Keep the Mortgage for Tax Savings?

My mother-in-law, my wife Nicole and I were standing in our kitchen the other day catching up on life.  In conversation, Nicole brought up the fact that we’re one year away from paying off our mortgage and we’re excited to see what our life is like when we’re completely debt-free.  Our plans for annual vacations with the kids, starting a business and saving more for retirement all came up.

My mother-in-law was very interested in our decision and asked:

“Don’t you need to keep your mortgage for the tax benefits?”

Most everyone who owns a home gets a mortgage interest tax deduction and those are pretty nice come tax time so I completely understood where she was coming from with the question.

I answered her question by saying:

The amount of money we will be saving not paying interest to the bank every year once the mortgage is gone will be more than the tax savings we’d receive from the IRS if we kept our mortgage.

The answer made sense to her, but after she left it got me thinking …

It has been at least 5 years since I’ve actually looked at these numbers and how the math breaks down.

Bye Bye Mortgage

I took a look at 2015 because it was our last full year of mortgage payments.  I wanted to compare it to a full year of making no mortgage payments to make sure I was correct in my statement that the benefits of having no mortgage outweigh the tax benefits of having a mortgage.

2015: With Mortgage
Interest Payments ($3,068)
Tax Savings from Mortgage Interest Deduction $859.04
 _______
Total Out of Pocket Cost ($2,208.96)
2018: No Mortgage
Interest Payments $0
Tax Savings from Mortgage Interest Deduction $0
 _______
Total Out of Pocket Cost $0

From the chart above you can see that even with the mortgage interest deduction we received in 2015, we’re still paying over $2,000 per year out-of-pocket.

Comparing this to 2018 when our mortgage is completely paid off, we’ll be paying $0 out-of-pocket.

In 2015, we were also making principal payments of around $12,300 annually.  When you add in the $3,068 of interest, we’re planning on having an extra $15,368 available each year!

Based on all of that information we’ve decided it makes more financial sense for us to pay off our mortgage. Right now, we’re one year away from making it a reality.

Now everyone’s numbers are different.  Your interest rate could be higher and your tax rate could be different.  But no matter how you slice it, paying off your mortgage will save you more money than keeping your mortgage.


I’d love to hear some commentary on this one since this is an often debated subject.  I’m not a tax expert and I’m not a certified financial planner.  Just a guy with a calculator.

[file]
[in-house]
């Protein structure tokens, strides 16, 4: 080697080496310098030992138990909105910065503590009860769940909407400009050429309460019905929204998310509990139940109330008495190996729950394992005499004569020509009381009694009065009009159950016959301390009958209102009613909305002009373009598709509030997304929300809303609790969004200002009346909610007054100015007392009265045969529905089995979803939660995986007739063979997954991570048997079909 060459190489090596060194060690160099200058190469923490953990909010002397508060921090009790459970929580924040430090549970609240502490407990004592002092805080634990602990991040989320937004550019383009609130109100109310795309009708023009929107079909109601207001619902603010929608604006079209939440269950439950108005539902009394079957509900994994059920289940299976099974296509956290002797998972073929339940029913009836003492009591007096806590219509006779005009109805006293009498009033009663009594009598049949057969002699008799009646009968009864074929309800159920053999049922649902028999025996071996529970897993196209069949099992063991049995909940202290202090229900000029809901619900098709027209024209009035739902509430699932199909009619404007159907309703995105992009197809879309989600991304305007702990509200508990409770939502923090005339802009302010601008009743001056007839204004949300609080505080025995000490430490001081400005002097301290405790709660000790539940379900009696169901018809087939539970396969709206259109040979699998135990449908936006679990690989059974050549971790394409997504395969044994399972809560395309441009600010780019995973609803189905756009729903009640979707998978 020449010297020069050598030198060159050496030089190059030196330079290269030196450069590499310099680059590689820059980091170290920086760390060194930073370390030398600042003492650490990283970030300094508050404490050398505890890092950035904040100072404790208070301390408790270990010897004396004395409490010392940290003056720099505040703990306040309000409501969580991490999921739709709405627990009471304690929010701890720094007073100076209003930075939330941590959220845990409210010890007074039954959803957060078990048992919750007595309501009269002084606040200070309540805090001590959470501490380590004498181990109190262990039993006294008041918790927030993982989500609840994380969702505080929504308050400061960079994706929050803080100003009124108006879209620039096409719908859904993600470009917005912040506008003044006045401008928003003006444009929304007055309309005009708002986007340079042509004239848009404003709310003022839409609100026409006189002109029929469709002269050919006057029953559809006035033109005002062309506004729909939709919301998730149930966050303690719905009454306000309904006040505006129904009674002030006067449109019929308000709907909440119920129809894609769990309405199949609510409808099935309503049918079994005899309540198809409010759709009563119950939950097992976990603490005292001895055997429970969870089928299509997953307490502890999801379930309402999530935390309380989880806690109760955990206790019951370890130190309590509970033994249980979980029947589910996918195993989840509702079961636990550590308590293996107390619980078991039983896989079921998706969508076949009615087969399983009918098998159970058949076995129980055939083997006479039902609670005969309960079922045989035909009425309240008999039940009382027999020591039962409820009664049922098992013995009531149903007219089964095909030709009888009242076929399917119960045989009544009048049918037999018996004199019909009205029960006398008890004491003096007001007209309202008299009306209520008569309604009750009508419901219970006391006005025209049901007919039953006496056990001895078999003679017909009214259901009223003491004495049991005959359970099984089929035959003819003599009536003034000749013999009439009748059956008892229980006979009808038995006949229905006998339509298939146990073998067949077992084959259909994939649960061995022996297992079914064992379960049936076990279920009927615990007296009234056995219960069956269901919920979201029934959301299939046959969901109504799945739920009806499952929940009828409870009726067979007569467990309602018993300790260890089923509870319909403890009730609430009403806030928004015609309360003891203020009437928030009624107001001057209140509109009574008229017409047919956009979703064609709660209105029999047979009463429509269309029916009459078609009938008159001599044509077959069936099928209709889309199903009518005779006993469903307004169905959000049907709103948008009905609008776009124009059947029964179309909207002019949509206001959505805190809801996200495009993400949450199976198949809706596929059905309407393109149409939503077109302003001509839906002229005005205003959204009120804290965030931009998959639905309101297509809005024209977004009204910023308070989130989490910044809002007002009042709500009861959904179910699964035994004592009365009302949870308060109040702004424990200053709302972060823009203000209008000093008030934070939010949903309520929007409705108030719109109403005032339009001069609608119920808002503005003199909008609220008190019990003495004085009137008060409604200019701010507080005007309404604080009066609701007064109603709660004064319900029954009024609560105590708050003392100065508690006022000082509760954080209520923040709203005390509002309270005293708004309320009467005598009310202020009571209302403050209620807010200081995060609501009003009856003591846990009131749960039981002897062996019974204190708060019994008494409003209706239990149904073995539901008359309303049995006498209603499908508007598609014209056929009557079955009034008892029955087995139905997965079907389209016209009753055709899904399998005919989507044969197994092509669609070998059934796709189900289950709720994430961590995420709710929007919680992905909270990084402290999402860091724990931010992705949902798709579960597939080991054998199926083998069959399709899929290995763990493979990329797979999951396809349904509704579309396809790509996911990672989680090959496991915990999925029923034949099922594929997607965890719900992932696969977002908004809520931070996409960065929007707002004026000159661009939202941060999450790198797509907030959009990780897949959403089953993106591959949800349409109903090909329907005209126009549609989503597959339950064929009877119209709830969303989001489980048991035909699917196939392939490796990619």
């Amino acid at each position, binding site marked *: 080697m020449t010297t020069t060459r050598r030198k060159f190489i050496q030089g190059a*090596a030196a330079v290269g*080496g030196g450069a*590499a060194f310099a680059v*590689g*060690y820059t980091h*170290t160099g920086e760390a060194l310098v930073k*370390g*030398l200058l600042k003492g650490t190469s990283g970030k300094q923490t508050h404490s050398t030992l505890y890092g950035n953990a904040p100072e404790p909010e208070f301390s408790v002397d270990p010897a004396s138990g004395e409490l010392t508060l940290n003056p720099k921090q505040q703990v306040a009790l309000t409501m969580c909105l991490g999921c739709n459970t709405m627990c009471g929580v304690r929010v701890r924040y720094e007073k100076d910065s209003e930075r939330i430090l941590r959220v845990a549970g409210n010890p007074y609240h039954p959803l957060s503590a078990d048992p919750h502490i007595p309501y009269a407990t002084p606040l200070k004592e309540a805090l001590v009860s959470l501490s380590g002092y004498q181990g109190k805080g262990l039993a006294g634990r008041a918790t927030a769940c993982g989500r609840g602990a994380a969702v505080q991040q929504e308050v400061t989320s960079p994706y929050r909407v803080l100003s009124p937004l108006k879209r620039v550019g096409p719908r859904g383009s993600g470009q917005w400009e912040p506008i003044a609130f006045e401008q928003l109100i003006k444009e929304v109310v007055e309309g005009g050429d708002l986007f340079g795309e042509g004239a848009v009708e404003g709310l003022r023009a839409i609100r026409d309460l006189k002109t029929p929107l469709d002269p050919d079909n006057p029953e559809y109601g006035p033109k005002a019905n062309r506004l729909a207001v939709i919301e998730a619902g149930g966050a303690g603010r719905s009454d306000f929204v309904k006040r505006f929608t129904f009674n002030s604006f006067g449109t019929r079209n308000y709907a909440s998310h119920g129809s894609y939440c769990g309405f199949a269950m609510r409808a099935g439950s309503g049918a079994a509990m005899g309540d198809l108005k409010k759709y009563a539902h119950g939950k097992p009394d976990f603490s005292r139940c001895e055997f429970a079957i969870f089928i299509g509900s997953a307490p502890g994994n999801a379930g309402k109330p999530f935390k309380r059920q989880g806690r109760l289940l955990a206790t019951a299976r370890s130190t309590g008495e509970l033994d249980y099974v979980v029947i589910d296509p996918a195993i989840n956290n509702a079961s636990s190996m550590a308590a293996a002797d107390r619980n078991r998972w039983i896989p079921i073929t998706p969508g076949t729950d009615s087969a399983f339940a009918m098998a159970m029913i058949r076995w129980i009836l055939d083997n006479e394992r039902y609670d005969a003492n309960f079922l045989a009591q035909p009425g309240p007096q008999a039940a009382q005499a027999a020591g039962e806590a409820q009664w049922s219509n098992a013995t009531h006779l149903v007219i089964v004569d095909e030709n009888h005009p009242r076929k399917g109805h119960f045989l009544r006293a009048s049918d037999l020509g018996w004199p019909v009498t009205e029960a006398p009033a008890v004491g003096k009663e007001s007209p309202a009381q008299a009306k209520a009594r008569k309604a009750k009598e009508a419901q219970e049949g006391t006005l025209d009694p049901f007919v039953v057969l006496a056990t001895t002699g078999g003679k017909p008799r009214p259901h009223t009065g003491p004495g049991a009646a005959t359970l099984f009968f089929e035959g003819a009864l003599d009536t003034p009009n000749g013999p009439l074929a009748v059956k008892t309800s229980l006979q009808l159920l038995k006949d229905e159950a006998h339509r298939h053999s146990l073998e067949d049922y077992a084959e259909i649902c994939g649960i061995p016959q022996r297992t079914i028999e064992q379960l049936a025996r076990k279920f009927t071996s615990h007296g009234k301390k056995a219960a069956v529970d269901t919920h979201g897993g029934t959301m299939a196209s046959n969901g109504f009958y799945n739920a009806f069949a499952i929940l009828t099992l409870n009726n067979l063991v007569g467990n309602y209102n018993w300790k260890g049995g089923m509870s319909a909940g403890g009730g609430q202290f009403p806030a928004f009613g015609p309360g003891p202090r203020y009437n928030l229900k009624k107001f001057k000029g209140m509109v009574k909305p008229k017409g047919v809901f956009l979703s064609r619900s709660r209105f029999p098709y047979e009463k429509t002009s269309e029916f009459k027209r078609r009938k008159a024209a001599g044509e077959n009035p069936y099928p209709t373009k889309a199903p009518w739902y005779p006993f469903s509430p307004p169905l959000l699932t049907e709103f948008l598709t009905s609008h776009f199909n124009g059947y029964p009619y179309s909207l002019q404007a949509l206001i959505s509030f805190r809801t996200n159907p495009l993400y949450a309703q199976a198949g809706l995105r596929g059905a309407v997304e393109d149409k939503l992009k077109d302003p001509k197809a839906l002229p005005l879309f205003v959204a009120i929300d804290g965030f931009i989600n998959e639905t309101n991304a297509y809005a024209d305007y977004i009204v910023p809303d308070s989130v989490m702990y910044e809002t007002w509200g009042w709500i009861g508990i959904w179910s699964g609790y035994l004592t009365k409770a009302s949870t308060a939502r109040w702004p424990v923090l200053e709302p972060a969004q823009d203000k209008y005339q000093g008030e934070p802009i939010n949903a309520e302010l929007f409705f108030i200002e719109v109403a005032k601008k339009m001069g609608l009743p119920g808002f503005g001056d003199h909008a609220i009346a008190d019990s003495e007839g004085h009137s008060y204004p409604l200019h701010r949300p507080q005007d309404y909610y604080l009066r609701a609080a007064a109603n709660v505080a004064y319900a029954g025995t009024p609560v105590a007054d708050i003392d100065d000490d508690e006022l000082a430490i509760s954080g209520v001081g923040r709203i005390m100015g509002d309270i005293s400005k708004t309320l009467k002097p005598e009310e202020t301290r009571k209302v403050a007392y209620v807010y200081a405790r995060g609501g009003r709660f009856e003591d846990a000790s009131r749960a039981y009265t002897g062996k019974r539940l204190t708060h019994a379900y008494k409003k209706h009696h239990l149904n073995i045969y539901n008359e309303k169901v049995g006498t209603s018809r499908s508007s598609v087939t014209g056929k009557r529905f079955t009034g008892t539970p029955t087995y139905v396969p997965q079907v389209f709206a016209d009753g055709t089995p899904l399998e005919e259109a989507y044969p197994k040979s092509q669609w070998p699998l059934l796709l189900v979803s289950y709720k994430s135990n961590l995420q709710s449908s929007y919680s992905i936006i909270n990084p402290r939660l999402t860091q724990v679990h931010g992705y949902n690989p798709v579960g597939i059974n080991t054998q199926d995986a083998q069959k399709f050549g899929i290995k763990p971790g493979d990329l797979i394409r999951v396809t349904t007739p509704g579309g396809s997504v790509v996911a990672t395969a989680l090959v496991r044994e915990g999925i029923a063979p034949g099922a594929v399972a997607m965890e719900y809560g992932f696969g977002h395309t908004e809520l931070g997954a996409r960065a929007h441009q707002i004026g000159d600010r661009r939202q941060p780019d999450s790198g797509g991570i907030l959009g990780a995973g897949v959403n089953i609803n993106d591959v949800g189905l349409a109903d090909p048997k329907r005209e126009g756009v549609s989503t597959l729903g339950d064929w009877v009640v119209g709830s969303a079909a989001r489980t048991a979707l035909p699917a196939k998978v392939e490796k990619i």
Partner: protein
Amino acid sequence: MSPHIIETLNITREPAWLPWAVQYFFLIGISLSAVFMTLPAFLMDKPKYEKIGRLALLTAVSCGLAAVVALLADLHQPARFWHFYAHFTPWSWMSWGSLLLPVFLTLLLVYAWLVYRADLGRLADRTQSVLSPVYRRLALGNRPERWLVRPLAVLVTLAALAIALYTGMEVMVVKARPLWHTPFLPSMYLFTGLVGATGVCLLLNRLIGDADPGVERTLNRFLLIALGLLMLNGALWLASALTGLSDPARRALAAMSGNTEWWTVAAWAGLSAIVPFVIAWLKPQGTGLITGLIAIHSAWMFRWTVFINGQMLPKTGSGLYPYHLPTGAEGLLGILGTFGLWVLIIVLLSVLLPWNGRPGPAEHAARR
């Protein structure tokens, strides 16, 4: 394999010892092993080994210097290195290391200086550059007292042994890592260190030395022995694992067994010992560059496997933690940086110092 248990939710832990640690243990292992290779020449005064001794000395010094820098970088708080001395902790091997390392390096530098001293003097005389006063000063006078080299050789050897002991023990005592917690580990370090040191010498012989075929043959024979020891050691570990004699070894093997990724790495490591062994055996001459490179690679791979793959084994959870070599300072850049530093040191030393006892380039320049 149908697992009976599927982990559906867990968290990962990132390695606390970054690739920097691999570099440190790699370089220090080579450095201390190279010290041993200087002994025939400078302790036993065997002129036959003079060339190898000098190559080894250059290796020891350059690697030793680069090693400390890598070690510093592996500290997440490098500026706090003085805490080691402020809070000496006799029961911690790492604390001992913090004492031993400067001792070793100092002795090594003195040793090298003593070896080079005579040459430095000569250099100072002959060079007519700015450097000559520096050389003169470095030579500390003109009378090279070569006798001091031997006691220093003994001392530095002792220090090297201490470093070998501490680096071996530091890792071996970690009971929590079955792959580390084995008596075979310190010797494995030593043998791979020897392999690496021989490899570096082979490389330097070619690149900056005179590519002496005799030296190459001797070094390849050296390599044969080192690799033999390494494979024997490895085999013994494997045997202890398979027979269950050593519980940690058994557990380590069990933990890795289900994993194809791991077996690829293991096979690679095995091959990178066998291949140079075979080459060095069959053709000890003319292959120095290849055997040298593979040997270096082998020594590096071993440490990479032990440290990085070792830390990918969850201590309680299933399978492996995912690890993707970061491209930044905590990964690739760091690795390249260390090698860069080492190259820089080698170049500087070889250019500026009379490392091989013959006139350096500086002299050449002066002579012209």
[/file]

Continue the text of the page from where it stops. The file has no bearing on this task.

What do you think?  Pay off the mortgage?  Or keep the tax benefits?

 

Author: Andy Hill

Andy Hill, a mid-30’s father of two living in the metro Detroit area, pens the MarriageKidsandMoney.com (MKM) blog taking you through the trials and tribulations of being a young parent and husband who is planning for his family’s future and winning with money.

2 thoughts on “Keep the Mortgage for Tax Savings?”

  1. I think you are missing a key piece by looking at just tax savings. I have a mortgage at 3.25%. Locked in, for 30 years. There is no way I’m going to put more than the minimum towards it, and not just for the tax savings (which are definitely a factor) but also because there is very little chance the stock market doesn’t outperform a 3.25% return. Paying off my mortgage early is dollars that could have been invested in the stock market, and it’s literally losing money by paying off my mortgage early. Layer on the tax savings and I think it makes no sense at all, from a math perspective, to pay off your mortgage early.

    But most people approach finances from a psychological and not a math perspective.

    Not attacking your approach in this comment because I can respect the psychological impact of having no mortgage, but if you remove emotion and psychology I don’t think you can mathematically argue that paying off low-interest debt makes more sense than shoving the extra $ into the stock market.

    1. Excellent comment David! You are correct that a lot of my inspiration in paying off our mortgage is emotional. I’m going to feel a sense of true freedom when I have no payments owed to anyone. It will be very liberating.

      My main goal with the article was to point out that the tax savings ALONE is not worth keeping a mortgage.

      From the math perspective, my 3% mortgage interest is a guaranteed amount of money that I will be keeping. The stock market is not a guarantee. For example, in 2008 we had an S&P 500 average return of -36% or 2015 yielding only a little over 1%. The point is that I have no idea what the stock market is going to do year over year… no one does. What I do know is that I’m guaranteed a 3% savings by paying my mortgage off early.

      Now have there been majorly positive years in the stock market recently? Oh yeah! And I’m taking advantage of those too by contributing about 15-20% of my income in the stock market. I invest in both my workplace 401k and Roth IRA in low cost mutual funds.

      Between the freedom of not owing anyone money, having a guaranteed savings of 3% and investing 15-20% of my income in the market, our plan to pay off our mortgage early works for us.


      I truly appreciate the comment David
      . It is notes like yours that will help me continue to grow and become a more savvy money guy. It is a continuous journey of learning for me.

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